I recently spoke at the DREAM event in the Netherlands – the Dutch Requirements Engineering and Management event. This was a great event, focused on requirements engineering and I spoke on “Simpler, smarter and more agile: Modeling decision requirements to simplify processes and effectively apply business rules.” Here’s the gist of the presentation
Business rules are a powerful technology you can use to personalize experiences, detect fraud, create loyalty, target cross-sells and much more. Managing the business rules that underpin your decisions is critical but hard to do as they are often documented only in policies, regulations or code that are had to read and update. A business rules management system gives you the transparency and agility you need to effectively manage the rules of your business.
Many organizations, most, are applying business rules in the context of business processes. Sometimes they under-connect their rules to these processes, creating a “big bucket” of business rules off to one side. Sometimes they over-connect them, smearing the rules throughout the process. What works is to identify the decisions that must be made within the process and then use business rules to effectively manage these decisions separate from, but linked to, the process. This creates processes that are simpler, smarter and more agile.
When developing requirements for these decisions, however, none of our existing techniques work all that well. User stories and process models might identify the need for decisions but rarely describe them fully. Requirements lists and architecture models might show that a decision is required but similarly won’t document how those decisions should be made. Simply documenting business rules might reveal the decisions they support but is both inefficient at doing so and likely to miss critical elements. To effectively manage decisions using business rules the best approach is to model those decision requirements.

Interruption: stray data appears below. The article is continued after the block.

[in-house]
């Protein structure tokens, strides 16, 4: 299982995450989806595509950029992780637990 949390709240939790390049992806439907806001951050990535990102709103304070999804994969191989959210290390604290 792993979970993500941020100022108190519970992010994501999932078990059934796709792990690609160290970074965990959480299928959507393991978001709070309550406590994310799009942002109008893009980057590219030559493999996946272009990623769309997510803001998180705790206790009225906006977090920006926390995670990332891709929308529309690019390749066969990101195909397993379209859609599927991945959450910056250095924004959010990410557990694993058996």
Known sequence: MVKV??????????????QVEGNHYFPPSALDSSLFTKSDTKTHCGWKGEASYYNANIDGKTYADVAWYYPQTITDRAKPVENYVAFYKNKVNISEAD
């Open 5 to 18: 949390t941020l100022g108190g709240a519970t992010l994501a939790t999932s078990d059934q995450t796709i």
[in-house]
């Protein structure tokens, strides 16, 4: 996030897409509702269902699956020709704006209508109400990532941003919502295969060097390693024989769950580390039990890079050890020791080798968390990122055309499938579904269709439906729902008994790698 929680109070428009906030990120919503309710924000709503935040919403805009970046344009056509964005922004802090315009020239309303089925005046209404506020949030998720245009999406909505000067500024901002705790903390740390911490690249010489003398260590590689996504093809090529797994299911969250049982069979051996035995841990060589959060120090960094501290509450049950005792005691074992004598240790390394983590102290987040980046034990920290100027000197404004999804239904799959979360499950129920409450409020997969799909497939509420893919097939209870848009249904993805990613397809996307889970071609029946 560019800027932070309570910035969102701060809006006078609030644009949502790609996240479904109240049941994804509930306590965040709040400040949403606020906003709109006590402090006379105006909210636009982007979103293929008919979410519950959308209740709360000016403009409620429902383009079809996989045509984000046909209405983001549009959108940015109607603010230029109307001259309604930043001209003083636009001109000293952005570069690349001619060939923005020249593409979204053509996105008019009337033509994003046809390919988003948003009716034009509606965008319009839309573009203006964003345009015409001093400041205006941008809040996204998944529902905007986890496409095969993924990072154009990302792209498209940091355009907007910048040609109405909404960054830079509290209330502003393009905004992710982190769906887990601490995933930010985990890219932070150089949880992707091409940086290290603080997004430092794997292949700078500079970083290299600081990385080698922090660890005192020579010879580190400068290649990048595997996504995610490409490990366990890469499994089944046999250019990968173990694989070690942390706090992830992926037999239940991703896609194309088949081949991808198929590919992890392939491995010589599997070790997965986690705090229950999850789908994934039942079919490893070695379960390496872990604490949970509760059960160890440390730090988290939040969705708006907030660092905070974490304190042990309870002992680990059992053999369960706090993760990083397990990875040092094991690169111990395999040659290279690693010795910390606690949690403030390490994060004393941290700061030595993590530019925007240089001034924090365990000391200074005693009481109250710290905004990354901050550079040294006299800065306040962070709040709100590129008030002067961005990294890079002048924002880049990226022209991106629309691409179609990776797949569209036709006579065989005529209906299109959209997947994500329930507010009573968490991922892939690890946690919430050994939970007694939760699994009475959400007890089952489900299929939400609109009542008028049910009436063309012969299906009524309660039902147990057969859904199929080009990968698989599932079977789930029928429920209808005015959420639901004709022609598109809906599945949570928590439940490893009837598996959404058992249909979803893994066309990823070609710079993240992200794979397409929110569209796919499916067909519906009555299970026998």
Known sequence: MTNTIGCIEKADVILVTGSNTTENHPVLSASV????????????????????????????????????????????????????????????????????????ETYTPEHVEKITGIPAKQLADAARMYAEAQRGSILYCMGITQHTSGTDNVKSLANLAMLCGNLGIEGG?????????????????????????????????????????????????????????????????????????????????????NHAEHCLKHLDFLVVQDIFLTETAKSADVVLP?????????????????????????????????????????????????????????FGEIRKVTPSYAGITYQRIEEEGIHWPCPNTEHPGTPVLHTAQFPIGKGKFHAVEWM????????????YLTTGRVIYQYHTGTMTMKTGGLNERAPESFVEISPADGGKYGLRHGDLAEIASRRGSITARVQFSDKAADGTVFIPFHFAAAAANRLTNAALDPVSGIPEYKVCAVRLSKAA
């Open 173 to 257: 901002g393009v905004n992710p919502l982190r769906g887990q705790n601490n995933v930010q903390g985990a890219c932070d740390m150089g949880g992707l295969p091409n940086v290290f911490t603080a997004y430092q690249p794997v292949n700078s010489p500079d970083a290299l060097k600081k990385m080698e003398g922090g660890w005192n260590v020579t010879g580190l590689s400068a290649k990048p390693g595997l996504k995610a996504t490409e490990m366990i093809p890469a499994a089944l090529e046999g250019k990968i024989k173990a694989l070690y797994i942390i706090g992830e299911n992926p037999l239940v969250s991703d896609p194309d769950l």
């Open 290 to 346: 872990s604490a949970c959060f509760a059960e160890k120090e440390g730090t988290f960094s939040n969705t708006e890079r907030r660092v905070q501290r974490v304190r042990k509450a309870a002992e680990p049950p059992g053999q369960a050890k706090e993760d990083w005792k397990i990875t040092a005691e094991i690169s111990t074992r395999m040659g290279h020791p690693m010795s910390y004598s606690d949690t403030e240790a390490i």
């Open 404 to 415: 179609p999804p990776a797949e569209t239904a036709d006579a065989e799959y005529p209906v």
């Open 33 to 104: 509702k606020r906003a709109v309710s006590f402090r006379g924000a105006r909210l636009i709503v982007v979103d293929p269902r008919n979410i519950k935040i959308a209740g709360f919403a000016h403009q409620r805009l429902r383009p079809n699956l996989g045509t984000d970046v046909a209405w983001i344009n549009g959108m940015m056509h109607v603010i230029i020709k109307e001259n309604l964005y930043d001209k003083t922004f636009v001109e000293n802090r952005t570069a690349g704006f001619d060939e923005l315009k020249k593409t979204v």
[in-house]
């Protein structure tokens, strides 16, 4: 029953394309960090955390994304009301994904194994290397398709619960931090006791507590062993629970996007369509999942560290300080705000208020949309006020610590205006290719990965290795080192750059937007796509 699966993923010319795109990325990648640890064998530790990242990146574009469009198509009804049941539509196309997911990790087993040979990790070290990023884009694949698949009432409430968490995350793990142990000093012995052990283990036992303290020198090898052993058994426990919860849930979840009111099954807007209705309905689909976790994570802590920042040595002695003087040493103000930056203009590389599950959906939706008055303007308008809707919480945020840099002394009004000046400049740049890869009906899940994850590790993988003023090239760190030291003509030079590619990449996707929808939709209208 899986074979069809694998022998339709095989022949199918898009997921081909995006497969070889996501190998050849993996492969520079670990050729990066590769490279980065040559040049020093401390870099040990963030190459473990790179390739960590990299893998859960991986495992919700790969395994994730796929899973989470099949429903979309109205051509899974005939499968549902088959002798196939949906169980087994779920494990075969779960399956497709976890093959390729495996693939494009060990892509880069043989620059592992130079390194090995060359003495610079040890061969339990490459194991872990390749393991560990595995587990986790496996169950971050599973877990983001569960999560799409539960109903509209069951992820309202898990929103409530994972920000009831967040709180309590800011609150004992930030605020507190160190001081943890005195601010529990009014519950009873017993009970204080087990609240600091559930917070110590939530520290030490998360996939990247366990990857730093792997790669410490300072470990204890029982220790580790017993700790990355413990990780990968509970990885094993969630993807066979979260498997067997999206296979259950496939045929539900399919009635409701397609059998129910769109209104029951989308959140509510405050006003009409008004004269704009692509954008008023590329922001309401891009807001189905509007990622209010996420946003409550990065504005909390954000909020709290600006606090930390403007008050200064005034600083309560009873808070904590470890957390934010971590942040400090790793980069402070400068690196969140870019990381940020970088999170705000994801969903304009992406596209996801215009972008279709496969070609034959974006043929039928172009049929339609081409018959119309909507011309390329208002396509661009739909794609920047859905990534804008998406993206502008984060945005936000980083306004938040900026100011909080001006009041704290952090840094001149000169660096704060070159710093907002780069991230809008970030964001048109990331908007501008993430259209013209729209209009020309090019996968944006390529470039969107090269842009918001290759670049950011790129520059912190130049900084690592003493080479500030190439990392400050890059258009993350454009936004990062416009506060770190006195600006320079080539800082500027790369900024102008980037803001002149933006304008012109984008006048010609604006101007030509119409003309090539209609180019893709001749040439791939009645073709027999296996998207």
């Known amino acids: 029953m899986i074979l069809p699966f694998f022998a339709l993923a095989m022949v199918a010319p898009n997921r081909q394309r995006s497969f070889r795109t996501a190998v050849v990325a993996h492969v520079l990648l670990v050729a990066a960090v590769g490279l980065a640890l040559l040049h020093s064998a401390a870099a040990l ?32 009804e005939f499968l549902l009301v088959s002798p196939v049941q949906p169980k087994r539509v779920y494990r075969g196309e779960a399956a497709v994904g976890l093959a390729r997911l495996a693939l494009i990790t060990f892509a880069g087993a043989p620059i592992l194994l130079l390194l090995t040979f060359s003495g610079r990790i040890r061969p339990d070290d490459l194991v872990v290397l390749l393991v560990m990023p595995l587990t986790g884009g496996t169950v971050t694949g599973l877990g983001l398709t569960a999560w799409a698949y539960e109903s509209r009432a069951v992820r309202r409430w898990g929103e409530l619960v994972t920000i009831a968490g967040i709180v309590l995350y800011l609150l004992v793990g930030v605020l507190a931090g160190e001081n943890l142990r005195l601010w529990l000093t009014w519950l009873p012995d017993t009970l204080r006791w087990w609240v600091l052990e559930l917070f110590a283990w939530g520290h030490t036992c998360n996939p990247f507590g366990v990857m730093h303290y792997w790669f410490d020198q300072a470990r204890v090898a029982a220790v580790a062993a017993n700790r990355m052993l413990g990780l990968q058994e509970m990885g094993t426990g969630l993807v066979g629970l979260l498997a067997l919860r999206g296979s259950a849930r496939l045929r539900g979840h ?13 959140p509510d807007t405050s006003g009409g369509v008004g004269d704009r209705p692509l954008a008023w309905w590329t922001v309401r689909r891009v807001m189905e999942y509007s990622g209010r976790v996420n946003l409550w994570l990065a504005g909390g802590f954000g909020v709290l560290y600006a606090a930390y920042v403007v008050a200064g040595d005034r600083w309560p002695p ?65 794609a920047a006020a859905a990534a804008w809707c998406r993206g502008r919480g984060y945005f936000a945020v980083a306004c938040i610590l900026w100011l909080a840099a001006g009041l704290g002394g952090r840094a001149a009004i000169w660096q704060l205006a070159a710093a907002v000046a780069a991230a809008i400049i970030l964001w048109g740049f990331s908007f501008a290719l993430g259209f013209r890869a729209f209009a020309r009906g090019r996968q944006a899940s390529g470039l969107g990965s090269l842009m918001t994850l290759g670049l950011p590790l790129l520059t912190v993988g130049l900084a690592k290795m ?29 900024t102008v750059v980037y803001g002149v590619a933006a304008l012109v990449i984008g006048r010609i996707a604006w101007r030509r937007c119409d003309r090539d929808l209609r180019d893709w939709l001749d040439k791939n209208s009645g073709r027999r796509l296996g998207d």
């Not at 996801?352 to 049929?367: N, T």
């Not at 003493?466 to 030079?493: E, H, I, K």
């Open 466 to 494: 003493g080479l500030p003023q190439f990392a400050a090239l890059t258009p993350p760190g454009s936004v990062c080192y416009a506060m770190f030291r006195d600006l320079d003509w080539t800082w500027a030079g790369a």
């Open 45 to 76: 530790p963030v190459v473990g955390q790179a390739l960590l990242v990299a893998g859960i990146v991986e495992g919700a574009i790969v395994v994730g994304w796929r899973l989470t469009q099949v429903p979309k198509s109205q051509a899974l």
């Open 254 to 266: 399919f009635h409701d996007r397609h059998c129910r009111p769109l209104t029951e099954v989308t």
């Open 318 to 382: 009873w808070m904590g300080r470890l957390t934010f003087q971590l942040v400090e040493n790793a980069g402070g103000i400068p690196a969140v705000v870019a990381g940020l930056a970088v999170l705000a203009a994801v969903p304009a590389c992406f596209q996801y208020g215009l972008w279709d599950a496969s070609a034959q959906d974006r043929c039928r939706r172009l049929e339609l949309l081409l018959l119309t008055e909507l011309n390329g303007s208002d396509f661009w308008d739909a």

For this there is a new, emerging standard – the Decision Model and Notation standard. This allows you to model the information requirements of a decision to show what input data you need and the knowledge requirements to show what sources of rules will drive your decision making. It will also let you decompose and specify precisely how you want to make the decision, allowing you to draw effective automation boundaries and manage the rule capture and implementation process.
I wrapped up with four concrete pieces of advice:
- Models Processes AND Decisions
- Find the decisions that matter
- Model their requirements
- Decisions first, rules second